Kazakhstan makes progress toward nuclear peace
NRG Expert recently highlighted several aspects of Kazakhstan's progressive national policy that are guiding the country toward being a peaceful nuclear industry leader. Kazakhstan was once the 4th largest nuclear force in the world following the collapse of the Soviet Union. After implementing a strict anti-proliferation policy and transferring its inherited nuclear weapons to Russia by 1995, Kazakhstan looks to be a leader in the peaceful and safe use of nuclear technology for economic development.
Kazakhstan is working with the International Atomic Energy Agency on plans to develop a nuclear fuel bank to provide access to fuel for civilian reactors and discourage countries from developing domestic capacity for uranium enrichment. The plan could deter some countries from trying to develop their own weapon-grade materials. By providing a source of low-enriched uranium through the transparent, internationally monitored system, Kazakhstan could help to deter nuclear proliferation.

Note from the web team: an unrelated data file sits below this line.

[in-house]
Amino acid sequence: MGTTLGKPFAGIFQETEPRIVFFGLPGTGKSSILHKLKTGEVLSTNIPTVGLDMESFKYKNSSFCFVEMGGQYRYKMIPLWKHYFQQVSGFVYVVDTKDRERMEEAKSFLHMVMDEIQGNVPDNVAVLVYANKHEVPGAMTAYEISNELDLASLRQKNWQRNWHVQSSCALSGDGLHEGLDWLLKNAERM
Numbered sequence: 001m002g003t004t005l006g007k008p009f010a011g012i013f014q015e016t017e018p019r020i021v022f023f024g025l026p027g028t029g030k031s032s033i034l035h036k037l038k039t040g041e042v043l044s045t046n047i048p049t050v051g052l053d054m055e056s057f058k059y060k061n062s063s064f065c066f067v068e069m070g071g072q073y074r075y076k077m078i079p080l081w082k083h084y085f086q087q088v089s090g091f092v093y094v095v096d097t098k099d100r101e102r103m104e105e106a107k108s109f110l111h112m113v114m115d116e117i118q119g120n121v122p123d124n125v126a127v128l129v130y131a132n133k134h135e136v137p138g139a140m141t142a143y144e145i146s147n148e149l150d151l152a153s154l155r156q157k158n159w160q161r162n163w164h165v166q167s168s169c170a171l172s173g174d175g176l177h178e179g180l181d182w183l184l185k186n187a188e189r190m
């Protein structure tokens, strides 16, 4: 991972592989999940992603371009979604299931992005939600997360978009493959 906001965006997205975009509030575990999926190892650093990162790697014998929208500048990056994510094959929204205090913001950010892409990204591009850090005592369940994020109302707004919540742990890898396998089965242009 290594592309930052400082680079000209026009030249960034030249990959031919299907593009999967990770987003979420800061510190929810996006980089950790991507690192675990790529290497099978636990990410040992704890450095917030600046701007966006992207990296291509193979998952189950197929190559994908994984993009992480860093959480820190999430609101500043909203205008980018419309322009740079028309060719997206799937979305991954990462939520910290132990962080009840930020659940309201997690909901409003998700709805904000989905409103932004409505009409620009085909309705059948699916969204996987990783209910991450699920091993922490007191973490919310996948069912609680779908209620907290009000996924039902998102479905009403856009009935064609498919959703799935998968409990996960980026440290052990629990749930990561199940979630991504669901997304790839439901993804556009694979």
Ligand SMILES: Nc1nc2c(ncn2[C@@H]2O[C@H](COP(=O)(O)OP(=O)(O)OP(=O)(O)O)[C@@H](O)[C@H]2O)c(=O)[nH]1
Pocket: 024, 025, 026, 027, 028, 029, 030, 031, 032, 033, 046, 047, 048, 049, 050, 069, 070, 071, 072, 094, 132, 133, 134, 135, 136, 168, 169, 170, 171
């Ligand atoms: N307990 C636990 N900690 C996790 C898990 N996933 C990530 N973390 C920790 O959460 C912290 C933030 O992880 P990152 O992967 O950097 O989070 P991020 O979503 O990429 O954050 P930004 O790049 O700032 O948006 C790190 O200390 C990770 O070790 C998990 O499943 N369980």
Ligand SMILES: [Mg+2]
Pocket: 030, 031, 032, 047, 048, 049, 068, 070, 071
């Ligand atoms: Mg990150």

Kazakhstan contains significant nuclear resources, with an estimated 15 percent of the world's uranium reserves and 35 percent of global uranium production as of 2011. If the country's plan with the IAEA is successful, the proposed fuel bank could not only reduce weapons proliferation, but it could also safeguard against fuel supply disruptions to add stability to global markets.